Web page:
Even though I never expected the Supreme Court to rule against the Respondents, I was hugely disappointed in the judges for the poor way and manner in which they concluded the case. I expected the panel, in their concluding statement, to acknowledge and compliment the efforts of the Petitioners’ legal representatives, and to come up with specific points and observations that would kick-start immediate massive electoral reforms in Ghana; but this, as we all know, never happened. All we heard was “… the Petitioners’ case is dismissed”; just like that.

It is apparent that the NDC, represented by Mr Tsatsu Tsikata and the Vice President; the NPP, represented by Sir John and the flag-bearer; and in fact a number of other Ghanaians do not trust the verdicts or judgements of Ghanaian judges whose objectivity has been disabled by their massive involvement in partisan politics. It is about time the constitution was amended so that future presidential election petitions are heard by a non-Ghanaian or an international court.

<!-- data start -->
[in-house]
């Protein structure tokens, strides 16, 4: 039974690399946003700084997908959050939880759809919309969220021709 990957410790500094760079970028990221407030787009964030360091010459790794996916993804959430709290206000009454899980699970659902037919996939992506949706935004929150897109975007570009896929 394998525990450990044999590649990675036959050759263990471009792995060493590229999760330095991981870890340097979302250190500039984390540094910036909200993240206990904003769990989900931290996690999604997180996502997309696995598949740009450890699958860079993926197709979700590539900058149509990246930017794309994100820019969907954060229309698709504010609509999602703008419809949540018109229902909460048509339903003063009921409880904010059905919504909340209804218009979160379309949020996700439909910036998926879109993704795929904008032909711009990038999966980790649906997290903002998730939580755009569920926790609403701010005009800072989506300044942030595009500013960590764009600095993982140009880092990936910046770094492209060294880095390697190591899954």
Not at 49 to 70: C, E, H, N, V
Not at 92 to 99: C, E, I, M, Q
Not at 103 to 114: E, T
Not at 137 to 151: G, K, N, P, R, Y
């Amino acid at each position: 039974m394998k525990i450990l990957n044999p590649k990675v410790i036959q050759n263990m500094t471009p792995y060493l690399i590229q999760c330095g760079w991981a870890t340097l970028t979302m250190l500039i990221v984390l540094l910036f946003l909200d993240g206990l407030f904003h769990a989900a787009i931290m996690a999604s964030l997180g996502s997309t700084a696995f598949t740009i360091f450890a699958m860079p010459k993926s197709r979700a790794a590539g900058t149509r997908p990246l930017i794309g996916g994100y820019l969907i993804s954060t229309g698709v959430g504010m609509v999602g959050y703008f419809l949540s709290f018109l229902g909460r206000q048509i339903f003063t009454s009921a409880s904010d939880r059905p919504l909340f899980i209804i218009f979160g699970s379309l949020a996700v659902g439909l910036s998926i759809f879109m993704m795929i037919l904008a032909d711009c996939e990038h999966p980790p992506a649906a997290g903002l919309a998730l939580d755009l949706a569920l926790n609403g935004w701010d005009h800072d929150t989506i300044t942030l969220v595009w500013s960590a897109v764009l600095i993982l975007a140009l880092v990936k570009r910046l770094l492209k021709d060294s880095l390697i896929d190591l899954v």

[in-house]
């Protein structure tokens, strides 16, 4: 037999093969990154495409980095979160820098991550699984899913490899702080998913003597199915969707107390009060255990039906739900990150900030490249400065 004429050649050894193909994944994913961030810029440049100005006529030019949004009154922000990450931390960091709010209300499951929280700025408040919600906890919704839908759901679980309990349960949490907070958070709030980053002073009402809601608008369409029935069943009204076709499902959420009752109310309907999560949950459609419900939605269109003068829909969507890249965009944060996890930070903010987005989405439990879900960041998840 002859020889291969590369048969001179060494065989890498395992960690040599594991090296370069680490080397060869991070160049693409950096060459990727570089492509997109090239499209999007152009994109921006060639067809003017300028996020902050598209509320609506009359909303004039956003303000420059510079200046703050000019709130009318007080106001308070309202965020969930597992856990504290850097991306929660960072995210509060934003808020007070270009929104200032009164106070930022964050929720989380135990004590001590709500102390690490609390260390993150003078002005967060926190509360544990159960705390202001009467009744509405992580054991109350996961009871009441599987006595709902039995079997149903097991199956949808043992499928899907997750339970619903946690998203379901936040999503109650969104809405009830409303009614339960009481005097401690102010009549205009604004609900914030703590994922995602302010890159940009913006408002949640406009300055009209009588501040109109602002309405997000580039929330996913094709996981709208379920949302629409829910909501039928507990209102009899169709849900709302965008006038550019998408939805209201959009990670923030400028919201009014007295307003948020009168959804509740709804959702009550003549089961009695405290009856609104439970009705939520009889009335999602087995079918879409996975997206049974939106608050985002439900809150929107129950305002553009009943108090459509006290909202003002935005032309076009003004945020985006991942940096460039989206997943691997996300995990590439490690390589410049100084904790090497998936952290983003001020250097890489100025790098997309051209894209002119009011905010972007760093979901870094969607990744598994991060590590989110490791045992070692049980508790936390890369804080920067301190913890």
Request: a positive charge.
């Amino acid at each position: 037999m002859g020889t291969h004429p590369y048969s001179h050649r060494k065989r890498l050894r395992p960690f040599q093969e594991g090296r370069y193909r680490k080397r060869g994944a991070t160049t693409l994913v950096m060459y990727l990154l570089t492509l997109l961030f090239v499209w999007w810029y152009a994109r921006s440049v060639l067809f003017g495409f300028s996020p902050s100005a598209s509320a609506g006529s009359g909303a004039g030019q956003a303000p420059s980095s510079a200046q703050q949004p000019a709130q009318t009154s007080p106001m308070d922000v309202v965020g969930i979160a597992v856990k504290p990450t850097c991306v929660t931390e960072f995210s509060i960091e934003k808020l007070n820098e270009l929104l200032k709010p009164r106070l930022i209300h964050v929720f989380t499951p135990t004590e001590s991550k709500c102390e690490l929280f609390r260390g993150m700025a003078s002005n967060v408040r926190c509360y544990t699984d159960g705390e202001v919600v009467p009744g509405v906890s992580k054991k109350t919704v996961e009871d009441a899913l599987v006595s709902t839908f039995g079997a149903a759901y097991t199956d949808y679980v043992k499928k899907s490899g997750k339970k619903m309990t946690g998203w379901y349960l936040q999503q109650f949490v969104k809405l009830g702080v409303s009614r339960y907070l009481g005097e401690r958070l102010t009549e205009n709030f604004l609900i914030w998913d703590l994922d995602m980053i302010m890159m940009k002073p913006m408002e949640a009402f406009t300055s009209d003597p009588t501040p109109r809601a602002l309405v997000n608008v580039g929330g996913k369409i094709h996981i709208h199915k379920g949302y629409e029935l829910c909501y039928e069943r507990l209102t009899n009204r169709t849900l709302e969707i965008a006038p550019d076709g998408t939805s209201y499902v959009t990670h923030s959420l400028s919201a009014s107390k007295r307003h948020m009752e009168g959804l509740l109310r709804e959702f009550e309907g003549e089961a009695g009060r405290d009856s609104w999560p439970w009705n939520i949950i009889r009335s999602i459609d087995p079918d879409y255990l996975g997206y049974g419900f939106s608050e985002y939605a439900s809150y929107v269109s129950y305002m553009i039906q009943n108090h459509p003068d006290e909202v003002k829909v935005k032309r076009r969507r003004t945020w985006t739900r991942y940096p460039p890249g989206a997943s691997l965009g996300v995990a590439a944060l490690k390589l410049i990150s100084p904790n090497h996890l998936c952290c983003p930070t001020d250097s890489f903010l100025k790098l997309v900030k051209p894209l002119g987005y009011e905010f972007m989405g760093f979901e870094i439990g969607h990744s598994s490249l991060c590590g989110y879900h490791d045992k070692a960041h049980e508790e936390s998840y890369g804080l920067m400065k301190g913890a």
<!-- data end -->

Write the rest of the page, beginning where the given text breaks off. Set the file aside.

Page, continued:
Emmanuel Sarpong Owusu-Ansah (Black Power) is an investigative journalist, educator, and a researcher. He may be contacted via email: andypower2002@yahoo.it

Columnist: Owusu-Ansah, Emmanuel Sarpong